The therapist uses a form of words that encourages the mind to relax, giving you access to your subconscious and allowing you to suggest things to it. But the key point is that it is you who allows your mind to go into this state; a hypnotherapist can neither induce it nor keep you in a state of hypnosis against your will. Going into hypnosis relies on your interest and willingness to be guided into this different state of consciousness.
How can it help me?
Many people find hypnotherapy helps them get on top of one particular aspect of their lives, such as improving their confidence and self-esteem; feeling free from anxiety and panic attacks; tackling a specific challenge such as public speaking, an interview, or a driving test; achieving long-term goals such as losing weight, stopping smoking or nail-biting; beating a fear; or simply moving on from not believing they can succeed. It is basically a form of life coaching.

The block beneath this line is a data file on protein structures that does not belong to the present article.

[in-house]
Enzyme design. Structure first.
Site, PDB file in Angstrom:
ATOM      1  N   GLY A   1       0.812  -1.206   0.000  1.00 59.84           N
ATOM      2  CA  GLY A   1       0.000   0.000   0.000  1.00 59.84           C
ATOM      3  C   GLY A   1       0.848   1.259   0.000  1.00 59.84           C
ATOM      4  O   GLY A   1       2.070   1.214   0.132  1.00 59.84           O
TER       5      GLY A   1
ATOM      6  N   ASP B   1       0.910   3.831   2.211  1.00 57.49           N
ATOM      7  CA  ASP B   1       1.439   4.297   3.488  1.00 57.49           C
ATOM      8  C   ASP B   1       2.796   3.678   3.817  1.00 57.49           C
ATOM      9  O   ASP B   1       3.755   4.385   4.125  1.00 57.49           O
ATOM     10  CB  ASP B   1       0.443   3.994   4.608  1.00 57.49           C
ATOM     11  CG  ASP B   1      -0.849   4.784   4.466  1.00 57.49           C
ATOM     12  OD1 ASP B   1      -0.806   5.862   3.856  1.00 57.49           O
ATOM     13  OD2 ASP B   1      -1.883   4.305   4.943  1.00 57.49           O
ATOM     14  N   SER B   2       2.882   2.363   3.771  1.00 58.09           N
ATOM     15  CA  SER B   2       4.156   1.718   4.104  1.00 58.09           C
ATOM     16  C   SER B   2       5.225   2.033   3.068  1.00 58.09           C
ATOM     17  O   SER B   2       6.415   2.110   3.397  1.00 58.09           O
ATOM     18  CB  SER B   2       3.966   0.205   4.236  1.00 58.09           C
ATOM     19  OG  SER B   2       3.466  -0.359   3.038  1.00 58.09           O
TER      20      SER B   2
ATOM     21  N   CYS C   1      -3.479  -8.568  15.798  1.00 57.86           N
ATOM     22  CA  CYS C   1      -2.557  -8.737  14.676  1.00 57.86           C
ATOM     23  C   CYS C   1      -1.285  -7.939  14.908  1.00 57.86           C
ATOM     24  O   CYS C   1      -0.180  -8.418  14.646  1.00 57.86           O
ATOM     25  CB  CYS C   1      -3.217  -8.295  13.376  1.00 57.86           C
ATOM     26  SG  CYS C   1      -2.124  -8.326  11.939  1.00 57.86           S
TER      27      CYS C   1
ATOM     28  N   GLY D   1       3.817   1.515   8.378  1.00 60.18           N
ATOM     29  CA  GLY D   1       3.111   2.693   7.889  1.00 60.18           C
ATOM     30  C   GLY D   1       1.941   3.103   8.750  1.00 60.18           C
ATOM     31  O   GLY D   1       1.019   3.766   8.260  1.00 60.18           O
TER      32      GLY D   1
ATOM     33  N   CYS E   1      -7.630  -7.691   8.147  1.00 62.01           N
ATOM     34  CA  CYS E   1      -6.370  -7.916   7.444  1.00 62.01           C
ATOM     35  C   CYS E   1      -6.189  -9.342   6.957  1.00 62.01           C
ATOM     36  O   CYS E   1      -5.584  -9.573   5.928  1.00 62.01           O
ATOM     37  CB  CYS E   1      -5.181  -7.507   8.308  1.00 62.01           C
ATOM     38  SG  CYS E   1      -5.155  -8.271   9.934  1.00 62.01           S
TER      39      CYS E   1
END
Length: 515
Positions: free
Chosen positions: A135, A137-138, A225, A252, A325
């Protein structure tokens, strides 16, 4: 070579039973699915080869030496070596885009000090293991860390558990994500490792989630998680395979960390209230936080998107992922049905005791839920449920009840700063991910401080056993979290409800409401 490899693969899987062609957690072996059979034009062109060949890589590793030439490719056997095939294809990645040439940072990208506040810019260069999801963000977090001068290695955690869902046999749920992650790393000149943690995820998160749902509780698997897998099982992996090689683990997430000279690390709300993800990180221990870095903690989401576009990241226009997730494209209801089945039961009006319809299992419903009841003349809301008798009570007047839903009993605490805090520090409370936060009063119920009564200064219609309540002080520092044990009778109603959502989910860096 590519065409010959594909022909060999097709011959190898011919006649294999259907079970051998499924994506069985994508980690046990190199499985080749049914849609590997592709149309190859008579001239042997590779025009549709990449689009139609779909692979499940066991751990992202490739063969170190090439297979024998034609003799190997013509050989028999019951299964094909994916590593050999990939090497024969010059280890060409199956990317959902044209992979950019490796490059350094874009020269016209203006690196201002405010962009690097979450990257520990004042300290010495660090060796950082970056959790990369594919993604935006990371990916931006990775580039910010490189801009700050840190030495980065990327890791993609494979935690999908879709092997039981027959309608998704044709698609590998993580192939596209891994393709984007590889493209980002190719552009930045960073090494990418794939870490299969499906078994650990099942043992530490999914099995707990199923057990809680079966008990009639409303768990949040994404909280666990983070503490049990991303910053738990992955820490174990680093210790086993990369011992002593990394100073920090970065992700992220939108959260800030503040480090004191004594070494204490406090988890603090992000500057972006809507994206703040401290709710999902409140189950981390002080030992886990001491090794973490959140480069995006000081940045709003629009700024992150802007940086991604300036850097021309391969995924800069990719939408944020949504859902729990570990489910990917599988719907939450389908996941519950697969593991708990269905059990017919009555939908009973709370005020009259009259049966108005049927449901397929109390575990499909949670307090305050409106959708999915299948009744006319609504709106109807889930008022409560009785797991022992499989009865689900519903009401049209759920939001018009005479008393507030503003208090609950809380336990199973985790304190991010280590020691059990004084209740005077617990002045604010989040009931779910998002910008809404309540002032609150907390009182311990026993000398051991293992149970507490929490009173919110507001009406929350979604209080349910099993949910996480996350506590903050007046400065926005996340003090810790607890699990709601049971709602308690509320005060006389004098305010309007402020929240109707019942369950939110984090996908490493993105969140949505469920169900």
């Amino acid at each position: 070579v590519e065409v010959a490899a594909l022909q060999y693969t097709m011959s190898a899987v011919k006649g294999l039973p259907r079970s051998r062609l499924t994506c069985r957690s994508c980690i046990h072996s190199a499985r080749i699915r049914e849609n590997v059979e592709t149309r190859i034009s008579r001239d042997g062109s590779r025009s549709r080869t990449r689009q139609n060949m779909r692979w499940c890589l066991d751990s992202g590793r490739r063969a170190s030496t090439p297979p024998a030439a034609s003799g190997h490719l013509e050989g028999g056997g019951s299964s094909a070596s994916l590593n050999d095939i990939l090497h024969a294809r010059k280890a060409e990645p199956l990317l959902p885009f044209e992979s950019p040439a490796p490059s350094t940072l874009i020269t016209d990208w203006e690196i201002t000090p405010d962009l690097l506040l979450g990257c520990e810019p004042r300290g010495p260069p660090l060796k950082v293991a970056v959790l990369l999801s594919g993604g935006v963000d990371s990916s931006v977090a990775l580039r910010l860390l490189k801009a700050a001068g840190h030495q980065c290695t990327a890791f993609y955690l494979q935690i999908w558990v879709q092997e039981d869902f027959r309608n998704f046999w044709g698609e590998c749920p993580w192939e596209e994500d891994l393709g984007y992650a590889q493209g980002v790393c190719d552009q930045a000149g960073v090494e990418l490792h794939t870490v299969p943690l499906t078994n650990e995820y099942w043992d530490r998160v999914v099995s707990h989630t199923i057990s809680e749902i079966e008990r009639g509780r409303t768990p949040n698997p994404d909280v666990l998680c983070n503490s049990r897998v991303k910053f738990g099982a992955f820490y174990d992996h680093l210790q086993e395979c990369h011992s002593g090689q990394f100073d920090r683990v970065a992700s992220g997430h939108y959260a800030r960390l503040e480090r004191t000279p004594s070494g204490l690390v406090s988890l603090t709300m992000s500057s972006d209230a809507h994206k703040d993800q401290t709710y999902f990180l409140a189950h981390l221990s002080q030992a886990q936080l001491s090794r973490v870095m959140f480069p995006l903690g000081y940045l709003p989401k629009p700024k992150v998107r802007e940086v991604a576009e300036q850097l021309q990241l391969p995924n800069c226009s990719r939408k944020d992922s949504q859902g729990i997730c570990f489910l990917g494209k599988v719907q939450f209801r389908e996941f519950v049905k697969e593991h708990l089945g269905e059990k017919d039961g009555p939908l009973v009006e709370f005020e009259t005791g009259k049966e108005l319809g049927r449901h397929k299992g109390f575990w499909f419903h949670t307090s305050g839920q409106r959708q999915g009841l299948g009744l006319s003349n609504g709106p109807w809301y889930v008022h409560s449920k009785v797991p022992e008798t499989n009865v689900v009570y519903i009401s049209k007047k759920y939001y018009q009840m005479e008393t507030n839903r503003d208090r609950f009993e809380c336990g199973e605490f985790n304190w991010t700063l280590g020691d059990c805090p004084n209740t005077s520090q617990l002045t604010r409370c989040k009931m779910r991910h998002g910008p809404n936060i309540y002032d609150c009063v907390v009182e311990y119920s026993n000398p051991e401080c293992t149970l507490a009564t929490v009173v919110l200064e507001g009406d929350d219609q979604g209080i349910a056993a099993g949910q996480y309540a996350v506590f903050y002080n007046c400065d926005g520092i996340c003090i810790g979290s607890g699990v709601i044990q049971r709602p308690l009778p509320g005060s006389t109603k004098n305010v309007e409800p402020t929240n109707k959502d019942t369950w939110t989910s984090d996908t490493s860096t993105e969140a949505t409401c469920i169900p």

Will I have to relive traumatic events from my past?
Not necessarily, but if you feel there's a time or event that affects how you you are now, it can be helpful to revisit it. You can decide this with your therapist's help. For example, you may go back to your first day of school, when you may have felt abandoned, rejected, frightened and insecure after being left there by a parent you implored not to leave you. Or maybe you'll go back to when you were eleven years old and overheard your parent's friend comparing you unfavourably with a sibling.